LADY BRACKNELL: . . . Do you smoke?
JACK: Well, yes, I must admit I smoke.
LADY BRACKNELL: I am glad to hear it. A man should always have an occupation of some kind. There are far too many idle men in London as it is.
Oscar Wilde, The Importance of Being Earnest
Lungs deliver oxygen to the body, remove carbon dioxide waste, regulate temperature and stabilize blood pH balance.
To prevent lung tissues from drying out and to prevent infections, mucus is produced consisting of proteins, salts and immune system components suspended in water. Increased mucus production in the respiratory tract is stimulated in response to many diseases, such as the common cold. However, one disease called cystic fibrosis results in the mucus becoming too viscous, therefore impeding breathing.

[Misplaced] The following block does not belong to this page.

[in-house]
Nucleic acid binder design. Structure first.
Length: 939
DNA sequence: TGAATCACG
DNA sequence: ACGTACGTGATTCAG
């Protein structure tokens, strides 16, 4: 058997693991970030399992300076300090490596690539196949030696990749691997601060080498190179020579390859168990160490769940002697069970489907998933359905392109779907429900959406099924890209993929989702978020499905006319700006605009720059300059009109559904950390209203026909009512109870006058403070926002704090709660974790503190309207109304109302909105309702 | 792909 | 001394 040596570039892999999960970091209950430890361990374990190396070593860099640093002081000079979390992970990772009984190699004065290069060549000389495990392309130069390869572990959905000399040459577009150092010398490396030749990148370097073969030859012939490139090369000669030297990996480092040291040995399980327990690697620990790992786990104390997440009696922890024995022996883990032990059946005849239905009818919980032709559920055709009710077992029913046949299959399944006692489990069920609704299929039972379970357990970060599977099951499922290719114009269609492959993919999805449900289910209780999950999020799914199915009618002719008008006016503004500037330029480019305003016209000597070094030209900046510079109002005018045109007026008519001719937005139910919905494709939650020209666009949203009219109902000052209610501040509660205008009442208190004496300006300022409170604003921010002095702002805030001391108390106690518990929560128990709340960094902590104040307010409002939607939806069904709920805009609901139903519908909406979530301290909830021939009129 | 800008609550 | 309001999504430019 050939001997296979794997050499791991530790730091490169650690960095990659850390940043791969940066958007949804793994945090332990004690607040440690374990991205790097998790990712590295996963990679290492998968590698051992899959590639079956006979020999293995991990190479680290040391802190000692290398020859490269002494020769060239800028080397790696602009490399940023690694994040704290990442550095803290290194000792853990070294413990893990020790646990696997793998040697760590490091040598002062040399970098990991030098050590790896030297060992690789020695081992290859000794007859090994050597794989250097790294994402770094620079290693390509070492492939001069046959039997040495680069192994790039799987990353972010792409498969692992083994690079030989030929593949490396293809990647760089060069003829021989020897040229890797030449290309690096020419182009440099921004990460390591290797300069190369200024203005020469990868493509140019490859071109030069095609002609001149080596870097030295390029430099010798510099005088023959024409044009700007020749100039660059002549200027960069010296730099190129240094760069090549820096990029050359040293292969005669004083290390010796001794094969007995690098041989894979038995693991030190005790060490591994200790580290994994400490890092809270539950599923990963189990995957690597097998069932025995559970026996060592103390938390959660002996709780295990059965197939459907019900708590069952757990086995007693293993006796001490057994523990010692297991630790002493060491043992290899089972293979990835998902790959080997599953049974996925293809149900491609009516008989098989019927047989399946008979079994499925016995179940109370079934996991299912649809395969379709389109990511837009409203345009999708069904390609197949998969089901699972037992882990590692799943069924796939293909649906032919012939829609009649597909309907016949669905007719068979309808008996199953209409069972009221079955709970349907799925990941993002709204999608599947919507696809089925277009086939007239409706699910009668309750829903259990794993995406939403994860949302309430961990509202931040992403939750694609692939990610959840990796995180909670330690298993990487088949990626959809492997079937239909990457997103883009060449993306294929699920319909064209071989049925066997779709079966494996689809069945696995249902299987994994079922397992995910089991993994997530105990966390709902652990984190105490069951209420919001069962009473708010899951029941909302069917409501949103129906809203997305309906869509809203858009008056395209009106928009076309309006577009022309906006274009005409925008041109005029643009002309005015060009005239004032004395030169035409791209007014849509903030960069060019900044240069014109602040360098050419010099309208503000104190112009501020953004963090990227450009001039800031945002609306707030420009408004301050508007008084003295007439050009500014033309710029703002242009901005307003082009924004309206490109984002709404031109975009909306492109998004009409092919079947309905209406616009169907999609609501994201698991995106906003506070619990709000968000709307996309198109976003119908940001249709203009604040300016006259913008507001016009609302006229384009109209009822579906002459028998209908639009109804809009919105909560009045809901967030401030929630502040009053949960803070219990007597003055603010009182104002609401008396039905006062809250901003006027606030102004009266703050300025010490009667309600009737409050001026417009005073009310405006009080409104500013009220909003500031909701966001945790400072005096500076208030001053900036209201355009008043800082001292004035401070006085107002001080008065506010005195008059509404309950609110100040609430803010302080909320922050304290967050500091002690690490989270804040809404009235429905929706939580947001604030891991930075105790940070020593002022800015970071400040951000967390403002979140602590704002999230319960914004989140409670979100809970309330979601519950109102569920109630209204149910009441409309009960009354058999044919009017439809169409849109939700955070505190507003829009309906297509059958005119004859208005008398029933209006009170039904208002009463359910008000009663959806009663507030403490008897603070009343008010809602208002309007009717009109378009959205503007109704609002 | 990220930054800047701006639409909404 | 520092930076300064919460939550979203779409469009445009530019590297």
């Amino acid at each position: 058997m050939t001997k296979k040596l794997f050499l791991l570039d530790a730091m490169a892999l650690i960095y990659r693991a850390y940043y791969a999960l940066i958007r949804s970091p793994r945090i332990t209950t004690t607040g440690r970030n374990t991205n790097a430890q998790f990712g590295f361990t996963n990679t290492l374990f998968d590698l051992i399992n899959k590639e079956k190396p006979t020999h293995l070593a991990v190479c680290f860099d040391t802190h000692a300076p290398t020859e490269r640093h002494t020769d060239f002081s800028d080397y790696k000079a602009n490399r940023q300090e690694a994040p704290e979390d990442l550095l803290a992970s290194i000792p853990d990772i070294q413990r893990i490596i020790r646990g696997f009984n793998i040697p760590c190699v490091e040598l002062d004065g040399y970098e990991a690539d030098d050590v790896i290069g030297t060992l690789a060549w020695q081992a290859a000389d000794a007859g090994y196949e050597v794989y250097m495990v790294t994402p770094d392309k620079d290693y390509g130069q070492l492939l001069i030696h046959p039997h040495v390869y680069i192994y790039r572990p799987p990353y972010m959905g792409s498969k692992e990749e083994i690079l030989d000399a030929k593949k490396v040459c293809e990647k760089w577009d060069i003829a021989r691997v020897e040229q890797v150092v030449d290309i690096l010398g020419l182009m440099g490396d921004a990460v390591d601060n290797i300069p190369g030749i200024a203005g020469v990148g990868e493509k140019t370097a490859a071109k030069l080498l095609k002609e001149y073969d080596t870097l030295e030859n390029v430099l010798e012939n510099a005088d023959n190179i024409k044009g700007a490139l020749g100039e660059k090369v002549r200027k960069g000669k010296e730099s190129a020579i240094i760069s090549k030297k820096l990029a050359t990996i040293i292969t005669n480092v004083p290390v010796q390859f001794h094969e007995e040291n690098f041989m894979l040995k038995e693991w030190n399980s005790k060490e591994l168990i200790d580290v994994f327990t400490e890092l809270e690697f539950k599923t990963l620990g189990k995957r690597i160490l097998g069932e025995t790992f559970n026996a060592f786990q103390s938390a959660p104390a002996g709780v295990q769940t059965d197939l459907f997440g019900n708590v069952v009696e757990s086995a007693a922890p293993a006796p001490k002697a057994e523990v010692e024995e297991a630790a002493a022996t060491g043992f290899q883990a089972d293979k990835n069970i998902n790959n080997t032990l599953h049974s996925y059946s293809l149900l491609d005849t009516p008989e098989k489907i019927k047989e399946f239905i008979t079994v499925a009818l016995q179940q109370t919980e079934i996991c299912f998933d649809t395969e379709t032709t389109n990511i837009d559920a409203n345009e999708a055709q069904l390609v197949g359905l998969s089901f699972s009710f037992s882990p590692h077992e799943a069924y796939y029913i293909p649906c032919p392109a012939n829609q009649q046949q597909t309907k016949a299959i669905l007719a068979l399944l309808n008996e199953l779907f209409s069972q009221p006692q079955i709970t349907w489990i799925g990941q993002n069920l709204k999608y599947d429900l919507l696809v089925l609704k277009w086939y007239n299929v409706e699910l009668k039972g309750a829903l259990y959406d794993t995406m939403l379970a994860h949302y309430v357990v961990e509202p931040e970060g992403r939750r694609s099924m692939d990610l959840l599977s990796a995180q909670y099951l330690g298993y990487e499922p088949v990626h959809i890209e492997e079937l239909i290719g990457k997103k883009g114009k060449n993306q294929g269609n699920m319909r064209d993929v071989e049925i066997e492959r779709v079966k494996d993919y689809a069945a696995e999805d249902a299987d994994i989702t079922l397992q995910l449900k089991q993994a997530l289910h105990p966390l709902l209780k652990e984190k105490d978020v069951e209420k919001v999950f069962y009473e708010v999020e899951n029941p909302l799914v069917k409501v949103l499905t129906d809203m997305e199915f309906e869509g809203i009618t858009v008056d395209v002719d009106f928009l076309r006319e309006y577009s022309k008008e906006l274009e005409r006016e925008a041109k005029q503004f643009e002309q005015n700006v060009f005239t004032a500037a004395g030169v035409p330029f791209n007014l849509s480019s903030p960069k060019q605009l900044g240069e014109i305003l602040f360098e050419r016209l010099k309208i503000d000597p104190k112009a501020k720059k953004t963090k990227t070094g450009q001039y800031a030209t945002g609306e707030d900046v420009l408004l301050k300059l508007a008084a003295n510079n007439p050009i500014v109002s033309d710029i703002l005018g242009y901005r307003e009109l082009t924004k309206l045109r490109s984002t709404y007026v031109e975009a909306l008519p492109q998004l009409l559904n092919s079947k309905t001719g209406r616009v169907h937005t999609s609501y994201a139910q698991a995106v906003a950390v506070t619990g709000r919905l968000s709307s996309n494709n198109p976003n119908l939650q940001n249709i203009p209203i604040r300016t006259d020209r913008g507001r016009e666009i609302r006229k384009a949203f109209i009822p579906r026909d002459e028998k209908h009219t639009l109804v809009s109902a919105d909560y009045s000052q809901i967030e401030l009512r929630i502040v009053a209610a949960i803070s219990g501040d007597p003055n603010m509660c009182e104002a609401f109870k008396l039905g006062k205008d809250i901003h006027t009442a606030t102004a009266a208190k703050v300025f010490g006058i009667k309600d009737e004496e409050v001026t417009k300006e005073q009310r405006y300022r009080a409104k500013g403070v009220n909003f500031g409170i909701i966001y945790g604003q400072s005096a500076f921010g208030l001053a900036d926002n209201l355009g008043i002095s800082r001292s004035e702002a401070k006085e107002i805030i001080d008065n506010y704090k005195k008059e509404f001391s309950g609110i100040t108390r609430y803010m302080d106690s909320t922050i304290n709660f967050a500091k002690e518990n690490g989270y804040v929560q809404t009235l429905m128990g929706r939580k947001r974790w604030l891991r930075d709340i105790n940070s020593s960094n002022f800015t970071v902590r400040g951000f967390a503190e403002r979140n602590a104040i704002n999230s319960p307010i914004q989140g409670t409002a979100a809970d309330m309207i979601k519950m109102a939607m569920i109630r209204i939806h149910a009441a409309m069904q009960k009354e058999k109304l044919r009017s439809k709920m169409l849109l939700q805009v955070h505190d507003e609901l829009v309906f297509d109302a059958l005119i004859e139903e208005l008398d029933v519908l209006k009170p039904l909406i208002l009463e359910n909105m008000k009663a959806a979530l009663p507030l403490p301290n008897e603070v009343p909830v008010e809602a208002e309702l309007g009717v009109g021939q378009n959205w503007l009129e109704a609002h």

The lungs also contain white blood cells which release a powerful enzyme called elastase which breaks down invading pathogens but not the normal lung tissues which are protected by a second protein called alpha-1-antitrypsin. However, disruptions to this second protein can lead to lung damage and emphysema known as alpha-1-antitrypsin deficiency. Smoking also inhibits alpha-1-antitrypsin.
A further inflammatory lung disease known as sarcoidosis occurs when the immune cells collect and damage specific areas of the lungs.